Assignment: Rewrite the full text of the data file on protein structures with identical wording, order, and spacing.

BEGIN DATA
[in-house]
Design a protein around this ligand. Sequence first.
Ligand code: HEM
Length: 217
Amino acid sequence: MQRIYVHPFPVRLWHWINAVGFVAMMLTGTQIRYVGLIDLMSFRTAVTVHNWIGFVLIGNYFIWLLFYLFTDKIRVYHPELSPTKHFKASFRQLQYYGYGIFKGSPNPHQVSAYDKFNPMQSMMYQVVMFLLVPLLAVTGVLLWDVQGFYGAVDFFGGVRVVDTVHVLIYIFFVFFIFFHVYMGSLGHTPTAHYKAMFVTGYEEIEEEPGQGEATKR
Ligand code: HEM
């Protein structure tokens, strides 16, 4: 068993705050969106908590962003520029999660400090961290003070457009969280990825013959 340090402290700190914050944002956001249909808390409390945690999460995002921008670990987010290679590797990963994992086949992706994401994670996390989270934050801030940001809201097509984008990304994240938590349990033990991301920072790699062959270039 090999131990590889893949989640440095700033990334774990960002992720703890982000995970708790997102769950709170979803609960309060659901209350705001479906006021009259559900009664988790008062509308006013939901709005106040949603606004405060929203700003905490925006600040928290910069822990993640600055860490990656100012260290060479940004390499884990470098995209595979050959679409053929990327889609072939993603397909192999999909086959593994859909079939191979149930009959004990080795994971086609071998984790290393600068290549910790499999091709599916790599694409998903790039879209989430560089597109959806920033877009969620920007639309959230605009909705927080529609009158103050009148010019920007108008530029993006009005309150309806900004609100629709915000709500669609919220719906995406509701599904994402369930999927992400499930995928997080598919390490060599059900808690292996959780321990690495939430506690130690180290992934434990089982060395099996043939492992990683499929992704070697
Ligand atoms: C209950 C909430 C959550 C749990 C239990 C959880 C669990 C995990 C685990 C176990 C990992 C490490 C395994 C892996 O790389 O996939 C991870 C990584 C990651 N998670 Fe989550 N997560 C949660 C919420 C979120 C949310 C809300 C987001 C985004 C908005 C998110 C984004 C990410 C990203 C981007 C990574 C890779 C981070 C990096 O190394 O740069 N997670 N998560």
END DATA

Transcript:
[in-house]
Design a protein around this ligand. Sequence first.
Ligand code: HEM
Length: 217
Amino acid sequence: MQRIYVHPFPVRLWHWINAVGFVAMMLTGTQIRYVGLIDLMSFRTAVTVHNWIGFVLIGNYFIWLLFYLFTDKIRVYHPELSPTKHFKASFRQLQYYGYGIFKGSPNPHQVSAYDKFNPMQSMMYQVVMFLLVPLLAVTGVLLWDVQGFYGAVDFFGGVRVVDTVHVLIYIFFVFFIFFHVYMGSLGHTPTAHYKAMFVTGYEEIEEEPGQGEATKR
Ligand code: HEM
């Protein structure tokens, strides 16, 4: 068993705050969106908590962003520029999660400090961290003070457009969280990825013959 340090402290700190914050944002956001249909808390409390945690999460995002921008670990987010290679590797990963994992086949992706994401994670996390989270934050801030940001809201097509984008990304994240938590349990033990991301920072790699062959270039 090999131990590889893949989640440095700033990334774990960002992720703890982000995970708790997102769950709170979803609960309060659901209350705001479906006021009259559900009664988790008062509308006013939901709005106040949603606004405060929203700003905490925006600040928290910069822990993640600055860490990656100012260290060479940004390499884990470098995209595979050959679409053929990327889609072939993603397909192999999909086959593994859909079939191979149930009959004990080795994971086609071998984790290393600068290549910790499999091709599916790599694409998903790039879209989430560089597109959806920033877009969620920007639309959230605009909705927080529609009158103050009148010019920007108008530029993006009005309150309806900004609100629709915000709500669609919220719906995406509701599904994402369930999927992400499930995928997080598919390490060599059900808690292996959780321990690495939430506690130690180290992934434990089982060395099996043939492992990683499929992704070697
Ligand atoms: C209950 C909430 C959550 C749990 C239990 C959880 C669990 C995990 C685990 C176990 C990992 C490490 C395994 C892996 O790389 O996939 C991870 C990584 C990651 N998670 Fe989550 N997560 C949660 C919420 C979120 C949310 C809300 C987001 C985004 C908005 C998110 C984004 C990410 C990203 C981007 C990574 C890779 C981070 C990096 O190394 O740069 N997670 N998560």